Does “manada” have sinister overtones in Spanish?
Well, it didn't, at least not until the rape case you mentioned made it to the news.
The men who committed that crime had a chat group named "La Manada" in an obvious reference to the movie The Hangover, where the protagonists called themselves "the Wolfpack" (which was dubbed in Spain as "la Manada" — as it should).
The name "La Manada" was very graphical and catchy, so the media started using it to refer to any group of men involved in a gang rape: la Manada de Manresa, la Manada de Callosa, la Manada de Cambrils...
There are indeed some pejorative uses of manada that predate this one:
- "manada de", functioning as a kind of qualifier: "del metro salió una manada de gente";
- "en manada", functioning as an adverbial expression: "salieron por la puerta de clase en manada"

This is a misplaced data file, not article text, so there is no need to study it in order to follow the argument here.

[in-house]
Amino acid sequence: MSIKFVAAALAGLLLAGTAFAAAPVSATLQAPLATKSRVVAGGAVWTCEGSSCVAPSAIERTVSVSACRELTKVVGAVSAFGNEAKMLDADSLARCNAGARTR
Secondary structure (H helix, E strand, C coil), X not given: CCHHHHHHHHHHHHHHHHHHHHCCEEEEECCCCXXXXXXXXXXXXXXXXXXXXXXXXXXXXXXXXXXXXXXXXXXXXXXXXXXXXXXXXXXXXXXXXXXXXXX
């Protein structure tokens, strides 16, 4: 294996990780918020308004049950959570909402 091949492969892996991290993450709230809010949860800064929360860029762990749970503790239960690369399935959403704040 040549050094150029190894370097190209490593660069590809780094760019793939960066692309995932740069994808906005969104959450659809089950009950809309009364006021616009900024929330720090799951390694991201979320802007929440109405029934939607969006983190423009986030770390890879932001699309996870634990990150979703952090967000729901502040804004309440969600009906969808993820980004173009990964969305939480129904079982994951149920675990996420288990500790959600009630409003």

Both are used to talk pejoratively about people moving in a rather mindlessly way, like a herd: people coming out of a subway during rush hour, kids storming out of the classroom when the bell rings...
However, we should notice that in those cases manada is always part of an expression: manada de ...; en manada. This is different than using just manada as a noun.
With that in mind, I wouldn't say that the word manada by itself has sinister overtones, it just means a herd of animals; but it certainly cannot be used to refer to a group of people anymore, at least not in a light tone like in the movie.
Whether this new meaning will stick or not, time will tell.
PS: Since this word is now used to talk about man-on-woman rape, it is worth noting that women may get a different vibe from the word manada than men do. My answer is necessarily constrained by my perception of the world as a man; it would be really good to get some comments or answers from women as well.